State fully any knowledge which you may have of the abduction and fate of William Morgan, late of Batavia, New York, the causes for which he was kidnapped, the manner in which it was done, and by whom, whether by Masons or others. And if by Masons, whether it was done in pursuance of their Masonic Obligations. State also whether you know that any Masonic body as such took any part in the preparation thereof, or in screening, aiding or abetting, the offenders. State fully all you know relative to that offence, whether witnessed by yourself, or known through regular Masonic communication.
Answer. In answering the above, I will state every thing in the order in which it transpired, whether witnessed by myself, or made known to me through regular Masonic communication.

I left Rindge, N. Hampshire, about the 3rd of September 1826, for the West of N. York, to obtain employment as a school teacher. I had for many years been acquainted with Col. Jewett, at that time superintendant of Fort Niagara; and I went to that place, believing he would render me all the assistance in his power. I arrived at the Fort, I think, on the afternoon of the 12th of September, and had been there but a short time when two messengers, who were Masons, came for the purpose of obtaining a place in which to confine Morgan, until they could make arrangements with the Canadian Masons, to have him secretly conveyed out of the country. Col. Jewett, who was a Mason, and to whom I made myself known as such, on my arrival, stated to me, as a Mason, that one Morgan had been revealing the secrets of Masonry, and that the Masons in the West of N. York were about to engage in a high-handed measure, without a parallel perhaps in the history of the world, except when King Stanislaus was forcibly seized and carried away by the Poles – which measure was to seize Morgan, a free citizen, convey him, by force, out of the country – transport him to Quebec, or Montreal, and from thence to England, if they could find a British vessel whose commander was a Mason. He stated it was not the intention of the Masons to do him any harm – that he was an intemperate man, and that the welfare of his family would be promoted by his absence, for the Fraternity intended to provide for them. He stated, that however reluctant he might feel to engage in the transaction, yet he felt himself compelled, when called upon as a Mason to render his assistance, and furnish a place for the reception of Morgan; that if he was certain government would deprive him of his post in consequence of his participation in that affair, still he felt bound to lend his aid, and the fraternity would be obliged to indemnify him for any losses he might sustain, since this affair was for the benefit of Masonry.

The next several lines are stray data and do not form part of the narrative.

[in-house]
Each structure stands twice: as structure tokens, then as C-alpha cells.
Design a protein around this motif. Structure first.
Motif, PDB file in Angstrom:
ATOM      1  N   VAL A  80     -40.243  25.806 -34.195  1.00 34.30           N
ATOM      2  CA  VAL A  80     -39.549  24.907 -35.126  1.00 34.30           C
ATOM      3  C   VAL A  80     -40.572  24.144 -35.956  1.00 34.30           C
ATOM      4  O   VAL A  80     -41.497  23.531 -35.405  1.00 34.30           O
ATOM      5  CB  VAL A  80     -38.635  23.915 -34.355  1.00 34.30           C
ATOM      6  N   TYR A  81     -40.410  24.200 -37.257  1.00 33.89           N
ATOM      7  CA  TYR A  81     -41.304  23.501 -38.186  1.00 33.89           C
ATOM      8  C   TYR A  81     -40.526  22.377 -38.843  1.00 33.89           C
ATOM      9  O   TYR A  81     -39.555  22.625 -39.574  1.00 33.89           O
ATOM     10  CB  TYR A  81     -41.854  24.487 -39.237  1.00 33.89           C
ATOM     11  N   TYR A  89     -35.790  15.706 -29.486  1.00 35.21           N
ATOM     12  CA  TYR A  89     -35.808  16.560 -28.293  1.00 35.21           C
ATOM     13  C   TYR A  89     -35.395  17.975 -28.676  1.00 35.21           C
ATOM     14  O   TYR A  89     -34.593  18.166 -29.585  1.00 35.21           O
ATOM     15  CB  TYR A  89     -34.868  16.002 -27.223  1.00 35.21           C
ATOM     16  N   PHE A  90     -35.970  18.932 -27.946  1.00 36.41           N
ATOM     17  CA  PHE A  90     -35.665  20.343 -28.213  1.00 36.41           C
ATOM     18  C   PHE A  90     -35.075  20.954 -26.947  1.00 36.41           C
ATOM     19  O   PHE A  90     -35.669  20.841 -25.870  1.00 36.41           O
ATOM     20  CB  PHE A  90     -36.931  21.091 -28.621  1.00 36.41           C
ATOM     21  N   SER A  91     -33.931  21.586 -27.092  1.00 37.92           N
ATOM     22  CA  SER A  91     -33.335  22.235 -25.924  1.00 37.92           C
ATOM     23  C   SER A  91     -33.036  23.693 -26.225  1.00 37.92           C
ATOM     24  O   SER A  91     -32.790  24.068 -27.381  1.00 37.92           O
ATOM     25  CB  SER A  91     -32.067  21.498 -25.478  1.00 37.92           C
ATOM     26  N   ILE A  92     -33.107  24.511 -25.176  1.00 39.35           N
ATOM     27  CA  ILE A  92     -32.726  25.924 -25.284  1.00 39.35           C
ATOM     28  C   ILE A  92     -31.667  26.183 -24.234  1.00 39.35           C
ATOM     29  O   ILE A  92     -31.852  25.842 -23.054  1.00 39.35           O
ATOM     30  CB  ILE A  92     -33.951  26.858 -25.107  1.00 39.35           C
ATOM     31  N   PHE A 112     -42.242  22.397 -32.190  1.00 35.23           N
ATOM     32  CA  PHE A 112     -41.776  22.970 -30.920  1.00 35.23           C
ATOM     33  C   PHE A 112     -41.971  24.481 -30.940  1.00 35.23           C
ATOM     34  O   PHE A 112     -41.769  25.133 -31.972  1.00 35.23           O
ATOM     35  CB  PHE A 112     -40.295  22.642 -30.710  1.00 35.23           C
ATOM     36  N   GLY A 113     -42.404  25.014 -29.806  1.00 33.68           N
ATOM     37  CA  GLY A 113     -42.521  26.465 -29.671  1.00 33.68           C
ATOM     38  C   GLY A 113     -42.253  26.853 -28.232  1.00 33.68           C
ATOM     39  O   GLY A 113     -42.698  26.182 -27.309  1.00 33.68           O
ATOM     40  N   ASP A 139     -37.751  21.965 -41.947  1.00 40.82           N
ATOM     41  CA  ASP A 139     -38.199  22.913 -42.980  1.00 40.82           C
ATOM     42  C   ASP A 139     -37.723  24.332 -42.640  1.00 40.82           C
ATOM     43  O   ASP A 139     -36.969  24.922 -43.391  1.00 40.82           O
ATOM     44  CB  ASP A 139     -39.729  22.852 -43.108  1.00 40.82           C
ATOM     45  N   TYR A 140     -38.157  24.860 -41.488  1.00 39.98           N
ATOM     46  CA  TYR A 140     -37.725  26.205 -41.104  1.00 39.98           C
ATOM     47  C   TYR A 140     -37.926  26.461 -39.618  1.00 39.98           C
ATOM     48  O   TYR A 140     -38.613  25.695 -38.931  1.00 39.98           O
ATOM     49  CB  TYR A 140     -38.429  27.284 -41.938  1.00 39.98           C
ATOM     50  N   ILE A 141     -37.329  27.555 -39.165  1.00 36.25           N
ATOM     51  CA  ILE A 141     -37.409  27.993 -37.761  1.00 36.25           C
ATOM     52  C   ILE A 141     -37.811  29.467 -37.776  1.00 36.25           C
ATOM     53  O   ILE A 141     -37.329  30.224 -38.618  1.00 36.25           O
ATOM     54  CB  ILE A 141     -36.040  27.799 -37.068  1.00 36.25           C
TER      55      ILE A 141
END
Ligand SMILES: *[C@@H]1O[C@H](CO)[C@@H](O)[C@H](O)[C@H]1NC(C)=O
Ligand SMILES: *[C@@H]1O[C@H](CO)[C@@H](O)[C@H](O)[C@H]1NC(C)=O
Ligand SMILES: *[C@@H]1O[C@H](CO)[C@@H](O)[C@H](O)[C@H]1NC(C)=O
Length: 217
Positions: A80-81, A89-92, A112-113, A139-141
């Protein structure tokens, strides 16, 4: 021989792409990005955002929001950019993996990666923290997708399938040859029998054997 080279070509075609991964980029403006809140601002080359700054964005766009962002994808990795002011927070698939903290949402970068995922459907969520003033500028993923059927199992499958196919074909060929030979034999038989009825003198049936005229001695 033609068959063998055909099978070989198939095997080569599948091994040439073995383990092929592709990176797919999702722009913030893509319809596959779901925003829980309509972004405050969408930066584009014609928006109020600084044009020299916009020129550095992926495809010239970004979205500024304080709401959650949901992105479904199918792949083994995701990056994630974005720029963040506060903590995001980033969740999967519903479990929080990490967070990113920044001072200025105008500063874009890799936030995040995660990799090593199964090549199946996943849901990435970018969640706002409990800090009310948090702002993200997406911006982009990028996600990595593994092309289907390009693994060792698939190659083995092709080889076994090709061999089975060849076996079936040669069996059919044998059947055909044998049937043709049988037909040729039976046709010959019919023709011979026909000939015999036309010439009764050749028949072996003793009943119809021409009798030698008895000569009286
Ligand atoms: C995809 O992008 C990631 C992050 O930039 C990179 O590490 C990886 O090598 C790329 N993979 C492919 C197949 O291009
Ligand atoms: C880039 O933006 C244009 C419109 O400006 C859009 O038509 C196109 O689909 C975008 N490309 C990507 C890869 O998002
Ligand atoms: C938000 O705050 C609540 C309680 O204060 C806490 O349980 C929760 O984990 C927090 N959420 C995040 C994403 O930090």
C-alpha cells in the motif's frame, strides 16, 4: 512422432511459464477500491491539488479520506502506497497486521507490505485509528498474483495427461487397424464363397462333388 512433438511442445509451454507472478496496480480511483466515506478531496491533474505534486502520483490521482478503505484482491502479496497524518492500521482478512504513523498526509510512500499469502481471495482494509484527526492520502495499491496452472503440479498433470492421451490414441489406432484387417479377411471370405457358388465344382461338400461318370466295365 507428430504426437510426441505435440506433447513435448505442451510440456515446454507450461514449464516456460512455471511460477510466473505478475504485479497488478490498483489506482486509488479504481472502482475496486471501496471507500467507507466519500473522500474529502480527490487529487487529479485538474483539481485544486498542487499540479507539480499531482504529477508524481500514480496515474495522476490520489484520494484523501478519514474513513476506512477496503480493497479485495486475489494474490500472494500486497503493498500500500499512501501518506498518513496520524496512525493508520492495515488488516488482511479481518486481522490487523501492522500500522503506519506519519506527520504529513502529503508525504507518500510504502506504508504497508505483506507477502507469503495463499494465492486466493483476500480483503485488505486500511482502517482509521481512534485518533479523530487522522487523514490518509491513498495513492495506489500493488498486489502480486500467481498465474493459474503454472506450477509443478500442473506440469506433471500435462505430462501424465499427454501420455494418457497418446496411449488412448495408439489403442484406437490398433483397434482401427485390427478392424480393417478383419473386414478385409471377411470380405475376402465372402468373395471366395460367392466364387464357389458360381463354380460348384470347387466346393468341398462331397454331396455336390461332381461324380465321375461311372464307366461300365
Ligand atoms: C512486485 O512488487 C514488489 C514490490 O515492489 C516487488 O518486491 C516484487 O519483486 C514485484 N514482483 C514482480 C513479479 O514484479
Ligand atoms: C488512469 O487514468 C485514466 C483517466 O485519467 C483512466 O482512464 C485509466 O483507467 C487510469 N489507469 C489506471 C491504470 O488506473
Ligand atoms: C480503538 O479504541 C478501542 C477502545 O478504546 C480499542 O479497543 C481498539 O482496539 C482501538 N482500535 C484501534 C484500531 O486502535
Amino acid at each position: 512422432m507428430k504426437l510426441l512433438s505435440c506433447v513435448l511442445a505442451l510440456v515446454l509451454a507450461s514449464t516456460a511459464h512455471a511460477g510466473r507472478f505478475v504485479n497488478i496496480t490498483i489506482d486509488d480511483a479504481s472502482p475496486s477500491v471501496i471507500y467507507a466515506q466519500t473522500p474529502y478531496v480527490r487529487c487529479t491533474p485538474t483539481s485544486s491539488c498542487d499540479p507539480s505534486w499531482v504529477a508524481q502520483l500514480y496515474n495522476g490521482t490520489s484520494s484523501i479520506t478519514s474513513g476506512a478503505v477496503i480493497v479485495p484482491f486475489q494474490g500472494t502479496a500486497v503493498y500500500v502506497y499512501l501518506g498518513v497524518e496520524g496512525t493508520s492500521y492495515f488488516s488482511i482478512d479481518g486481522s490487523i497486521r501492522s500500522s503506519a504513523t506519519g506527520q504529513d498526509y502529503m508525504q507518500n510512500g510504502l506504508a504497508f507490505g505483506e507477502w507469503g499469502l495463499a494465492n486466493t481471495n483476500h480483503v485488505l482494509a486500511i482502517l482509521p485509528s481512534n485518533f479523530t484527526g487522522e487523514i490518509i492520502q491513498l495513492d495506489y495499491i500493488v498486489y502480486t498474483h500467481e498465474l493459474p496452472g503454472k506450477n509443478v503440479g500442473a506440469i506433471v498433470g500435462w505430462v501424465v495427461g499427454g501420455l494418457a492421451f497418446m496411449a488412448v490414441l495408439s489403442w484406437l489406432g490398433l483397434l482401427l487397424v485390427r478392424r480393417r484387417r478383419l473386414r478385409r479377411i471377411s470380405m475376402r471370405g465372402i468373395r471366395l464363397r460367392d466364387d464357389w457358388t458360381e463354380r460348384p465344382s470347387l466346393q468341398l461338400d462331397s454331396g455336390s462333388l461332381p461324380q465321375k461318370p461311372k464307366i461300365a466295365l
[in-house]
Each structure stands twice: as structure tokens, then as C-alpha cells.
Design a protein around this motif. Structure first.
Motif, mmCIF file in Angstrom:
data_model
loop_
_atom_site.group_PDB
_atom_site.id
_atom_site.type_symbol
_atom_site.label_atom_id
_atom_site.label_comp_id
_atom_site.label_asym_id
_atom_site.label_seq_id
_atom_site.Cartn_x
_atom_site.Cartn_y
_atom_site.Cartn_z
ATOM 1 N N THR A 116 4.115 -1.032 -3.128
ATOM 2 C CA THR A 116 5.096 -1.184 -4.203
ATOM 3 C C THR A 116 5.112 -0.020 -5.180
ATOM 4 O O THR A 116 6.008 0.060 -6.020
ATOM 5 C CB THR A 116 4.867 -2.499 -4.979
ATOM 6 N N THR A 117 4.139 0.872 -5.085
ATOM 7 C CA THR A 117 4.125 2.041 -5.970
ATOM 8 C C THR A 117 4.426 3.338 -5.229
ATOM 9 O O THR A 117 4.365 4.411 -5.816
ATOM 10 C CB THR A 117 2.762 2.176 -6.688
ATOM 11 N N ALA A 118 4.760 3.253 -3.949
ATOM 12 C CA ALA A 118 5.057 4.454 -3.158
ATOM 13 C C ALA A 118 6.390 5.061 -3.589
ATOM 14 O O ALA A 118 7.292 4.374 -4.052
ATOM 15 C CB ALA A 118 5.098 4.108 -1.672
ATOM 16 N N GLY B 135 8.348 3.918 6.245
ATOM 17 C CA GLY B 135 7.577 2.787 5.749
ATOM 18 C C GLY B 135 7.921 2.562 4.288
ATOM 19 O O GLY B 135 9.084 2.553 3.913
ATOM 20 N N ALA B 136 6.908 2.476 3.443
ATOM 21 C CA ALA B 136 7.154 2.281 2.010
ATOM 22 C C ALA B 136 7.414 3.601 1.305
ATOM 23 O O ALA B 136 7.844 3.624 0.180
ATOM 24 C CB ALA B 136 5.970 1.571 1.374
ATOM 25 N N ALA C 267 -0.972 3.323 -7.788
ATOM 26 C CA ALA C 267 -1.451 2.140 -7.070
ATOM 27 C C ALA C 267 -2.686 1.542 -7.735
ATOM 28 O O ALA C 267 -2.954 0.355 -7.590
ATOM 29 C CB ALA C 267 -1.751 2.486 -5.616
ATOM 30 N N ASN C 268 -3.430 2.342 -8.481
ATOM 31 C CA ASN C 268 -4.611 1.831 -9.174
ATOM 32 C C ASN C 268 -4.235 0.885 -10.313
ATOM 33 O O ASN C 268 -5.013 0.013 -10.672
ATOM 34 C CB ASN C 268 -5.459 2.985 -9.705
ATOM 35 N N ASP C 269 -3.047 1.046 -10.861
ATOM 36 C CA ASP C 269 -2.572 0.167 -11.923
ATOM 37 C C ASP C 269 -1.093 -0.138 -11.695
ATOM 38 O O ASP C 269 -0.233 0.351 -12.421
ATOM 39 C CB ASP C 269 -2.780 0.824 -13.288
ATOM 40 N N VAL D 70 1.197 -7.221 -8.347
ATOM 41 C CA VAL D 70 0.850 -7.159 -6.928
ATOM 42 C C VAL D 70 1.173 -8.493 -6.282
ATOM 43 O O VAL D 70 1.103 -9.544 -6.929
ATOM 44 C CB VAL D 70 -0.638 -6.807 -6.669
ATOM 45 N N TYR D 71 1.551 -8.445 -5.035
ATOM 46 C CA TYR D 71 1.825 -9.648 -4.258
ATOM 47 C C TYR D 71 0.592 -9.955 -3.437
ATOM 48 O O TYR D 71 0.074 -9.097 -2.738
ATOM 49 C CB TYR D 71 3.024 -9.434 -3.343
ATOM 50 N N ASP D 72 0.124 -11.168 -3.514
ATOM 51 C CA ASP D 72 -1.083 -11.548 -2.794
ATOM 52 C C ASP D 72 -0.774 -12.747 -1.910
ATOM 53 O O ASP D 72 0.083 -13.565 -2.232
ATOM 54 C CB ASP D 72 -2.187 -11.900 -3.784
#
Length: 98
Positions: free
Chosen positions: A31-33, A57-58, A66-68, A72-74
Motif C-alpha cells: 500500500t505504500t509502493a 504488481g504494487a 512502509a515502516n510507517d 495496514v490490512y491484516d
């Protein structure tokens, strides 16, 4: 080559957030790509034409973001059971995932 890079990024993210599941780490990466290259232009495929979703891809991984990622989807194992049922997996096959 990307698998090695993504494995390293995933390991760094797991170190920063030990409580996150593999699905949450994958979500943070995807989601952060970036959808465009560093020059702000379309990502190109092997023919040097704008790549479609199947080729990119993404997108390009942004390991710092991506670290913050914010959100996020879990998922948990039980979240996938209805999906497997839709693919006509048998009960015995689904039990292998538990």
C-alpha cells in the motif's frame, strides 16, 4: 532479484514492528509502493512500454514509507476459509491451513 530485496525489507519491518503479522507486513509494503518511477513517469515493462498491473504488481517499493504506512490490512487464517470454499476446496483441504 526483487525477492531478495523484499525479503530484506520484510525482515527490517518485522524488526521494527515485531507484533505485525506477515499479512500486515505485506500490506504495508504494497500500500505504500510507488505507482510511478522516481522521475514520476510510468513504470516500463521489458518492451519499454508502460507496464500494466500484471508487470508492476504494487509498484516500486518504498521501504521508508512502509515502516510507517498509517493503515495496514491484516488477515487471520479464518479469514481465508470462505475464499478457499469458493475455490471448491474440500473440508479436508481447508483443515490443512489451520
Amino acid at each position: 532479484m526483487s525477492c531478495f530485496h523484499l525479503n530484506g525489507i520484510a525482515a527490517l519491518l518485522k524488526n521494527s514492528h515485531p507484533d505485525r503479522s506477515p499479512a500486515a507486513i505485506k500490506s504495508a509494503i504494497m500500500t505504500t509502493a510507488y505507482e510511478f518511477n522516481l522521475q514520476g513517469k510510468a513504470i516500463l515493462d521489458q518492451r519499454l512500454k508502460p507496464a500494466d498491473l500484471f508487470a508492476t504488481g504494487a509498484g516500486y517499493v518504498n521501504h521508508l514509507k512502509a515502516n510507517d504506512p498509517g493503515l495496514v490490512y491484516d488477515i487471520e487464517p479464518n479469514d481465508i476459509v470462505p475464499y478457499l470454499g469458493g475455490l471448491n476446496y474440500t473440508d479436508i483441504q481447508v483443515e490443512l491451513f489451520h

One of the messengers left with him a letter of introduction to one McBride, a Mason, residing in Canada, and at that time a member of the Provincial Parliament; and he was requested to go, and with the assistance of McBride, complete some arrangements with the Canadian Masons concerning the abduction of Morgan, which arrangements, the Messengers had already commenced. The health of Col. Jewett was at that time feeble, and it being a laborious task to row a boat across Niagara River, he requested me to go with him, and lend my assistance, which I did. On entering the village of Niagara, Col. Jewett  accosted a stranger standing in the street, and made inquiry, as I supposed, for the person to whom the letter was directed. After some conversation which I could not distinctly understand, the stranger remarked, "I suppose I understand your business – we shall soon have a meeting of the Lodge;" and he invited us to enter. About ten Masons were present, a Tyler was stationed at the door; but the Lodge was not opened in due form. Col. Jewett stated to them the object of his visit; and informed them, that it was the object of the Masons to suppress Morgan’s book. A debate of some length and animation arose respecting the course most proper to be pursued; and on that occasion, a Mason, whom I afterward learned to be Garside, declared openly, THAT MORGAN OUGHT TO SUFFER DEATH, FOR BREAKING HIS MASONIC OBLIGATIONS. He was promptly put down by another Mason, a gentleman of very respectable appearance, who I understood lived about 40 miles from that place. This gentleman declared, that nothing could induce him to be, in any manner, acessory to the murder of a man; but he would furnish money, freely and willingly, to aid in transporting Morgan out of the country, and in suppressing the book. After some discussion they could arrive at no conclusion respecting the disposition to be made of Morgan, who was expected to be at Fort Niagara very soon, and we returned.